The new TaylorMade M6 Driver is probably the most talked-about Driver among amateur golfers this year. It’s been heavily marketed by TaylorMade, and for good reason.
The M6 maxes out on both distance and performance. Sure, all companies claim to do this with their latest release, but TaylorMade made a good run at it with this Driver.
The TaylorMade M6 pushes the edge of the legal limits when it comes to ball speed. They used 50% more carbon than they did with the M4, to store more weight in the correct places within the head.
Keeping the weight (46grams) of it low and back in the clubhead helps get some extra speed but forgiveness as well.
I know, I know.. All the terminology can get quite confusing.
It’s great that this club is Speed Injected, has Twist Face and of course the Hammerhead 2.0 but what does that all translate to for you.
Most of your playing partners are probably not very impressed by the fact that you have a Speed Injected Driver unless of course, it means you start taking their money!
Speed Injection means that they individually check to make sure each clubhead is as “hot” as it can be.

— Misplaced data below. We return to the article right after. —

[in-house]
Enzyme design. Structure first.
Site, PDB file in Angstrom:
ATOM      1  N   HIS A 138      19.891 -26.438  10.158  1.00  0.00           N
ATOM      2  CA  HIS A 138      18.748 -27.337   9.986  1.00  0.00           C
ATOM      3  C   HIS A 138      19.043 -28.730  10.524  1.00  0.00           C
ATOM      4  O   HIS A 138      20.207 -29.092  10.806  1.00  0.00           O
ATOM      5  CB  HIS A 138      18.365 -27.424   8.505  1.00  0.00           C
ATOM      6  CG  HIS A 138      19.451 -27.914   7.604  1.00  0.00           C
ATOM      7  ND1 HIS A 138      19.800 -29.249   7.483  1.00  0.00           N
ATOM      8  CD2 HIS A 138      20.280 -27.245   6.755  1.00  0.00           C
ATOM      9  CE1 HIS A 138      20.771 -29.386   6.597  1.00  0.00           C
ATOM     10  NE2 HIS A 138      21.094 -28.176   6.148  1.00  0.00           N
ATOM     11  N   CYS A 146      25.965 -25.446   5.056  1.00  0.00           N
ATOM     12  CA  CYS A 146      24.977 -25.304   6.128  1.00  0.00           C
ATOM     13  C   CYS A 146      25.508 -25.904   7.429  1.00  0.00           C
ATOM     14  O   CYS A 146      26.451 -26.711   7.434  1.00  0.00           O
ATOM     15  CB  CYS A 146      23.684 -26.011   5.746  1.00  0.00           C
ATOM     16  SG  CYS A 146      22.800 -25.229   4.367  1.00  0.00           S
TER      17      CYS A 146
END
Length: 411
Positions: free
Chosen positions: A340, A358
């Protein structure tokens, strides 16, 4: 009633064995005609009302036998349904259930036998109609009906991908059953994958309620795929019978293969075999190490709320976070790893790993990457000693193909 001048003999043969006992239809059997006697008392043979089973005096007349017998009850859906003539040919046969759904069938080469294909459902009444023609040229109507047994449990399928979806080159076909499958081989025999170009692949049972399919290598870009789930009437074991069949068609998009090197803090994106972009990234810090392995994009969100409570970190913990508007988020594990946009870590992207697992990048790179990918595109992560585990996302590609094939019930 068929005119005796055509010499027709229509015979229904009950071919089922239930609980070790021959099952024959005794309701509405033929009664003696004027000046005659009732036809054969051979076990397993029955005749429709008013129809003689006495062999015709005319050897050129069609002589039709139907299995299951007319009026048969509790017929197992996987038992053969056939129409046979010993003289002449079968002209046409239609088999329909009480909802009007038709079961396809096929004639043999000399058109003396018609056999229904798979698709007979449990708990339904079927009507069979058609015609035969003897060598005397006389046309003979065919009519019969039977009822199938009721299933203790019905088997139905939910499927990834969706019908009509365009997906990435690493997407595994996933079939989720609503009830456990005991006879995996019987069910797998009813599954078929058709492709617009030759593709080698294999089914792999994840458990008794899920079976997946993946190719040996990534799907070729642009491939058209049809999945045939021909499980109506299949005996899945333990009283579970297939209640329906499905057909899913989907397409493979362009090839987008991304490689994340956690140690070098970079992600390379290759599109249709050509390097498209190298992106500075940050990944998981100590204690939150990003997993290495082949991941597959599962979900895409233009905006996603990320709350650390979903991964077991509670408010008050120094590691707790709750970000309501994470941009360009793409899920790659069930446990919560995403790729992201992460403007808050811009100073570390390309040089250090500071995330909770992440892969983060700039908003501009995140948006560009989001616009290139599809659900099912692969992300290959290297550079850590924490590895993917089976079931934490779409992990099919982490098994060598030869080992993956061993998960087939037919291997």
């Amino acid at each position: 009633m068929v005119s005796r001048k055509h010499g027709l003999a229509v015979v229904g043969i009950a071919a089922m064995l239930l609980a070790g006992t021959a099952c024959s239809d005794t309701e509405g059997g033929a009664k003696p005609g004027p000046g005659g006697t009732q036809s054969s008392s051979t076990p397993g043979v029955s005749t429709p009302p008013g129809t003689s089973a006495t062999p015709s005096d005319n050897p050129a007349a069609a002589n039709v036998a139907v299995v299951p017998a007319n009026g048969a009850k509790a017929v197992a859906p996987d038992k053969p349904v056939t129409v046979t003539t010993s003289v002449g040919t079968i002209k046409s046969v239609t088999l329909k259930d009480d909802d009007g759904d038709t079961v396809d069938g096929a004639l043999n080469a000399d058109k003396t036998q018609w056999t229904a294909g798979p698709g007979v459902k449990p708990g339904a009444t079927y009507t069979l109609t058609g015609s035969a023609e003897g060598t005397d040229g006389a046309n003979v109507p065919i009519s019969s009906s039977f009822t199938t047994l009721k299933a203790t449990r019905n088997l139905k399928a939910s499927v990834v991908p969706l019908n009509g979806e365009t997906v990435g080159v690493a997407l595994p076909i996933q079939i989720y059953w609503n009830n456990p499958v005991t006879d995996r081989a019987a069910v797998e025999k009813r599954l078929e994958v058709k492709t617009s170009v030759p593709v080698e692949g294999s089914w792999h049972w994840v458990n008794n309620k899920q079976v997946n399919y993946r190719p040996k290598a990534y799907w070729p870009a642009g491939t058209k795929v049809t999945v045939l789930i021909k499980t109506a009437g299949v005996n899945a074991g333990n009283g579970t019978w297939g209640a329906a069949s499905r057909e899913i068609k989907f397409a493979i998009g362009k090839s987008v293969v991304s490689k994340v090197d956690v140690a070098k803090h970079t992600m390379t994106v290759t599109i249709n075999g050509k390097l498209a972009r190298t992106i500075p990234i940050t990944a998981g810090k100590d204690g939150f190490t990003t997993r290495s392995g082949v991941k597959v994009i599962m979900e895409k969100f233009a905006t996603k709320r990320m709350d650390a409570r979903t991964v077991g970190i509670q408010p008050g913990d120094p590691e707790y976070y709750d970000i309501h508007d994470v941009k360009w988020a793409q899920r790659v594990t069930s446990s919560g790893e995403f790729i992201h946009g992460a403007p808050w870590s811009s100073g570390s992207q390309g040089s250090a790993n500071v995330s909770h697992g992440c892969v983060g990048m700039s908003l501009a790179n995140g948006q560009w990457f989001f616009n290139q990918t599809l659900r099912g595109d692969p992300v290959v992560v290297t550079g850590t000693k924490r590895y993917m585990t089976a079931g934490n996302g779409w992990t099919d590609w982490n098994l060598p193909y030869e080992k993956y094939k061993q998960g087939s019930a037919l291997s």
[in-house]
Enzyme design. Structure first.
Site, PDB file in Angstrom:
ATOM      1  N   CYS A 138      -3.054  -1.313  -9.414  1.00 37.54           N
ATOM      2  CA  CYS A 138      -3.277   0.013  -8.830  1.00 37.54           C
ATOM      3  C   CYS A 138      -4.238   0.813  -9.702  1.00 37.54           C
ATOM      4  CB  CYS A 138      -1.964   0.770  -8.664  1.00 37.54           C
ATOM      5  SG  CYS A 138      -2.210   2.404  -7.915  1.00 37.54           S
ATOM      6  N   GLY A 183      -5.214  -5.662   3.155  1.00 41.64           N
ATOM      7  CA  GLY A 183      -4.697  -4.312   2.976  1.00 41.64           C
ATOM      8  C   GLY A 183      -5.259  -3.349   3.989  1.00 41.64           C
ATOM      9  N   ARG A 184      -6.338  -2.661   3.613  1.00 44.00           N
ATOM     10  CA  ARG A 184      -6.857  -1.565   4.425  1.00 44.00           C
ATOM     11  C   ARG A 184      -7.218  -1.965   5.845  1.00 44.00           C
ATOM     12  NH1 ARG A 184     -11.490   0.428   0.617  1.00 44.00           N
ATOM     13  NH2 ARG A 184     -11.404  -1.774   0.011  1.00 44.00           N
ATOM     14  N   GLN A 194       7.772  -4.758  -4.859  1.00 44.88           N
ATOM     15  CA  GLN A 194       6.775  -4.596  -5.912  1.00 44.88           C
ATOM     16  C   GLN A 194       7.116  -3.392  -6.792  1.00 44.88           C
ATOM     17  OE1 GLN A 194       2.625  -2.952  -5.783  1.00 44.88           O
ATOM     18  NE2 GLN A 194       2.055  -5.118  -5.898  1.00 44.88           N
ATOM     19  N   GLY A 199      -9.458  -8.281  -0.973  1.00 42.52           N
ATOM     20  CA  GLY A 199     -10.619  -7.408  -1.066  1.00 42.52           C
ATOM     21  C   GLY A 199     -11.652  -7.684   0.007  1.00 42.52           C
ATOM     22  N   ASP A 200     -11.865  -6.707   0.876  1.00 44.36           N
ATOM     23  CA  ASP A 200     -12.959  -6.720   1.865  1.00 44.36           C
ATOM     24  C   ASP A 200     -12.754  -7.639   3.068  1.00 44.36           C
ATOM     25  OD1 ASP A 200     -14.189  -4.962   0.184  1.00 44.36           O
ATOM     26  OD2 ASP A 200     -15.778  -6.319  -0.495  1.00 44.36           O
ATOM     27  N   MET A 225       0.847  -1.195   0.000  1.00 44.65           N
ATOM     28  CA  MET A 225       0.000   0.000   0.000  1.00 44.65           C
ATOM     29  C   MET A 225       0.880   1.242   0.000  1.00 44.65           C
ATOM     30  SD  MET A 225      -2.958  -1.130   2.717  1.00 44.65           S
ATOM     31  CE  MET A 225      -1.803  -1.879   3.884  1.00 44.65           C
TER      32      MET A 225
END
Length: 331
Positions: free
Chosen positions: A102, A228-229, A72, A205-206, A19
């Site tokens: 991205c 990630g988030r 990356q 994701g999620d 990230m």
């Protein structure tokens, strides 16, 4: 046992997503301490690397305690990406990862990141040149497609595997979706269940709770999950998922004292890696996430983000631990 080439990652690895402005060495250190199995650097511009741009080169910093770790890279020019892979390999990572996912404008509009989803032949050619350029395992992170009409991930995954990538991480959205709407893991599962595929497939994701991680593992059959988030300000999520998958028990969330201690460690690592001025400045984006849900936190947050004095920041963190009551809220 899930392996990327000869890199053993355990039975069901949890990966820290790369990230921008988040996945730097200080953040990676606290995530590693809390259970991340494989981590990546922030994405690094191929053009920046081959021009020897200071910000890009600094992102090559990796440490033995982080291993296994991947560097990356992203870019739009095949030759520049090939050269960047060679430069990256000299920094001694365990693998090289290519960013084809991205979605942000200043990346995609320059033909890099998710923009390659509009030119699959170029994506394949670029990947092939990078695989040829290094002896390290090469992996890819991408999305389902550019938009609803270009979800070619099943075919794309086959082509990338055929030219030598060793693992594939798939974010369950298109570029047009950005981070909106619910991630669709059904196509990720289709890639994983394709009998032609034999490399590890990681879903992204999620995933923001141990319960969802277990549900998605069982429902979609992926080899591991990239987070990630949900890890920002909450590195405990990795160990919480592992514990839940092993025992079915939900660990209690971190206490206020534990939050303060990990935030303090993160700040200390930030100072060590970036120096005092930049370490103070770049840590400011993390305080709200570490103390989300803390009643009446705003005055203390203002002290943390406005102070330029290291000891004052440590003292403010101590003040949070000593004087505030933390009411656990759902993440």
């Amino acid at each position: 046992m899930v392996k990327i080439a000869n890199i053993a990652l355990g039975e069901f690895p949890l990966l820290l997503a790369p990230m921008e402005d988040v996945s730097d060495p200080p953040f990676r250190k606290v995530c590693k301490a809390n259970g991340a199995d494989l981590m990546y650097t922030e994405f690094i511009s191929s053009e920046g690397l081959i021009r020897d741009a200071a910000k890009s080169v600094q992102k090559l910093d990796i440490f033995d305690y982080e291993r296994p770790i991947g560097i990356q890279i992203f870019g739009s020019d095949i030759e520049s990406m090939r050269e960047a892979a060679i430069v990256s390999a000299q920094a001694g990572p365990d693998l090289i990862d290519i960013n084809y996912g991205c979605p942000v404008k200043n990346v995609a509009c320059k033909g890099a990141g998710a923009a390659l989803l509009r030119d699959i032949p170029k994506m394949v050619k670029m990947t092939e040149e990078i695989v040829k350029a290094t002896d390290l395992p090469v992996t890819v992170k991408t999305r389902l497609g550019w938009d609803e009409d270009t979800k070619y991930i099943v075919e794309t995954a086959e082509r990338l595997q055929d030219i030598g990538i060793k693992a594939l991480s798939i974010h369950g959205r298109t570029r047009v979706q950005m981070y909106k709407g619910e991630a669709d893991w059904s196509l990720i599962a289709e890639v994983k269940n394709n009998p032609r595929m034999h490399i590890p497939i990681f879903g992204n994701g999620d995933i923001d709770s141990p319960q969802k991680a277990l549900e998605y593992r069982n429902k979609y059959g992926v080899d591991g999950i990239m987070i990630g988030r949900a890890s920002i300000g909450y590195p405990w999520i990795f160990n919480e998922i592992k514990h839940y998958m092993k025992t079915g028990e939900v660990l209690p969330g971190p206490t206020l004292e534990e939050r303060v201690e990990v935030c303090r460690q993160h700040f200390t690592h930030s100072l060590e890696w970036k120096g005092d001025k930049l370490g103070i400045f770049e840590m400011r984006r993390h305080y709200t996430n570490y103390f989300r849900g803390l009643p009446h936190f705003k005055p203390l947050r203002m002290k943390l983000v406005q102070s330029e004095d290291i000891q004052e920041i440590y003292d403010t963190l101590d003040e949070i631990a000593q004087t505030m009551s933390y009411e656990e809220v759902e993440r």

If the clubhead is not at the upper end of the legal limit it is injected with a tuning resin to ensure this happens.
The Twist Face technology is a club head bulge design that leads to forgiveness in the right areas of the club.
The most important takeaway is that this Driver is as long and forgiving as it can legally be under the current rules of golf.
That does not always mean it’s the correct fit for you and your game.
Here is some more information to help you make sure this is the right club to put in your bag this Golf Season.
Features and Benefits
Although TaylorMade would like to think that this Driver works for all Handicap’s the players who shoot low will likely want something with a bit more feel.
The sweet spot on this Driver is large. It’s designed to be more forgiving in the bottom left and top right areas of the clubface. (Twist Face Technology)
These areas are the most common mishit for the mid handicap golfer. We think this Driver works best for the 9-20 Hdcp range.
The TaylorMade M6 is adjustable. The Lie and the Loft can be adjusted into 12 different positions. Regardless of the loft that you purchase you can increase or decrease by up to 2 degrees.
This is important to keep in mind when choosing what loft you may want on your M6. If you want something really low lofted to hit those windcheaters you may want to choose the 9.5 and decrease the loft from there.
The stock shaft options on this driver are very solid. You can choose between the Atmos 5 and Atmos 6. Both shafts can be ordered in the Lite, Regular or Stiff Shaft.
The Atmos 6 is a heavier shaft and will have a low to mid launch, as any heavier shaft would. The Atmos 6 is also offered stock in an X Flex which is a great option for those fast swingers who don’t want to order something custom.
The M6 line of clubs uses the black, silver and red color scheme. The top and face are almost all black with a thin silver line just above the face.